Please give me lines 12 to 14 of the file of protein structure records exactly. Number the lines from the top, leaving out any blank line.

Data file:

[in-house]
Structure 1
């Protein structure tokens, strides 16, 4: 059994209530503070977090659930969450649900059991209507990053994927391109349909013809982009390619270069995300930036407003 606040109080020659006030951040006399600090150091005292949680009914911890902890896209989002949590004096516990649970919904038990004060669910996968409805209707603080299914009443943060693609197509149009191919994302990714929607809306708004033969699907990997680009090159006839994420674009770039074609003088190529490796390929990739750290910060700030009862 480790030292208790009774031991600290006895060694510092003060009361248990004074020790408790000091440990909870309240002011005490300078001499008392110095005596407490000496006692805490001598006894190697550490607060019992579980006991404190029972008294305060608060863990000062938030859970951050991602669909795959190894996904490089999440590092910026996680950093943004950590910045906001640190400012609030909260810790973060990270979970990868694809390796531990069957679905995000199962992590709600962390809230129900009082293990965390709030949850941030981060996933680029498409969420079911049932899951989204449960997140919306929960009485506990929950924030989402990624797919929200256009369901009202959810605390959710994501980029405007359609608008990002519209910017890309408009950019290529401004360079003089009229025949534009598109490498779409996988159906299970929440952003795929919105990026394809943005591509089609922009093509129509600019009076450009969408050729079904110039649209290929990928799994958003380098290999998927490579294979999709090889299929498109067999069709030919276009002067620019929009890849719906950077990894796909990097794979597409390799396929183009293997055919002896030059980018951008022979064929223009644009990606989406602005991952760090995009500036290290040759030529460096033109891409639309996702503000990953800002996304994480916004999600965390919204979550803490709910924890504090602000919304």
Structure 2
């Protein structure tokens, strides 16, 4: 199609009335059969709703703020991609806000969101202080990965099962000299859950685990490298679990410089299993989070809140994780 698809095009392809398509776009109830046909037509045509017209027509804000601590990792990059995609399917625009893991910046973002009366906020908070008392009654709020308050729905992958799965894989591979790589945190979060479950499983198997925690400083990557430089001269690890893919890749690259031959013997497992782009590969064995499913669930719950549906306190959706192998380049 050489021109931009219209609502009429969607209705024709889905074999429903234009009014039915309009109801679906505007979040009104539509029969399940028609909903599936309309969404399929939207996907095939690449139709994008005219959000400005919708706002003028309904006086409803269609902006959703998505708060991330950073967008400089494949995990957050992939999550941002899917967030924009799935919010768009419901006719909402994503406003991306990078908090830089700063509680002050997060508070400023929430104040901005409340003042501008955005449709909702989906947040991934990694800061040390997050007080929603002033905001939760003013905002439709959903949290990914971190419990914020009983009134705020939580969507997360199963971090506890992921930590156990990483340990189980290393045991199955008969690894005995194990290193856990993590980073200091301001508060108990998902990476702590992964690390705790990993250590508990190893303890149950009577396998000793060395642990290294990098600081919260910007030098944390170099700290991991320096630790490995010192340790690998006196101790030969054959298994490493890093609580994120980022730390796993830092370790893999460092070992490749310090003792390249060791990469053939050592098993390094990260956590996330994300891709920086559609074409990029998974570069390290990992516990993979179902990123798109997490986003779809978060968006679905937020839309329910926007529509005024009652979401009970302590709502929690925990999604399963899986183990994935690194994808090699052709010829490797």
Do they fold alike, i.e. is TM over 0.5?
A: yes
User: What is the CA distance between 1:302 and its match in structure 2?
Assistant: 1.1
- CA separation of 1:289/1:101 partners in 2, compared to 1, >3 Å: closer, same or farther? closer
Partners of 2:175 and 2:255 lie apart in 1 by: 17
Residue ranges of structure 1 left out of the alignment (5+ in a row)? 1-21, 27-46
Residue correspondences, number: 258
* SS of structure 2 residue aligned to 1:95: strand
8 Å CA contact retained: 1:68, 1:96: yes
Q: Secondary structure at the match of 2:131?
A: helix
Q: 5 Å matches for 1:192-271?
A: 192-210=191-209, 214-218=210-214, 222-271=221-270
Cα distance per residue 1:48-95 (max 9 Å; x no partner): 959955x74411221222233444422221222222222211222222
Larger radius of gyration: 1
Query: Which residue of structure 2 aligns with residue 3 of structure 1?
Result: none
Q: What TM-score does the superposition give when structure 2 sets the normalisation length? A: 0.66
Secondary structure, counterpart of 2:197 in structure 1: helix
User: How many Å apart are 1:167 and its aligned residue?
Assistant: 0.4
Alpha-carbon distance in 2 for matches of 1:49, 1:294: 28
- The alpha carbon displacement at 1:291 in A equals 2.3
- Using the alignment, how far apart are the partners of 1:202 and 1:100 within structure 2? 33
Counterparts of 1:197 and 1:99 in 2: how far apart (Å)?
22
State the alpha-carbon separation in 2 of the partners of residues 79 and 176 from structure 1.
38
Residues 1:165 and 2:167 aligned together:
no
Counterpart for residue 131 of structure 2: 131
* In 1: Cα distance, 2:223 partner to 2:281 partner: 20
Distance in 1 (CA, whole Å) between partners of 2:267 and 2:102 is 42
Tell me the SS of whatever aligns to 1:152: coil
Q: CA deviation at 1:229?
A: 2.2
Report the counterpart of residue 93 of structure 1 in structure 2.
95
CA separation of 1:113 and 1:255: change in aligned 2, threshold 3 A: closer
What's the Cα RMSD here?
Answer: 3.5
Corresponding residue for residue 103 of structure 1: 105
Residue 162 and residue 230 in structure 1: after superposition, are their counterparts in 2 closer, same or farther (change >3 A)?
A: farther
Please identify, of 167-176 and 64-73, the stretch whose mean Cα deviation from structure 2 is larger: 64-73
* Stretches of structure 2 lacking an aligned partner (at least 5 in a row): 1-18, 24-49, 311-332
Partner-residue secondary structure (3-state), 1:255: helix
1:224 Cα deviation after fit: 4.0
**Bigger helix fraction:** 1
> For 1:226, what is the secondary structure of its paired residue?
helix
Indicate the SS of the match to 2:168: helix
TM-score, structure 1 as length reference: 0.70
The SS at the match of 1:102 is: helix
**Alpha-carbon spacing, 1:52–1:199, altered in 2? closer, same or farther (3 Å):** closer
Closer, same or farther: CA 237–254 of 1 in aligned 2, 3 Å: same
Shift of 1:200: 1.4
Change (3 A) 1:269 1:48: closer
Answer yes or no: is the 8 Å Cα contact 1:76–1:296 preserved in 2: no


Residue ranges of structure 1 left out of the alignment (5+ in a row)? 1-21, 27-46
Residue correspondences, number: 258
* SS of structure 2 residue aligned to 1:95: strand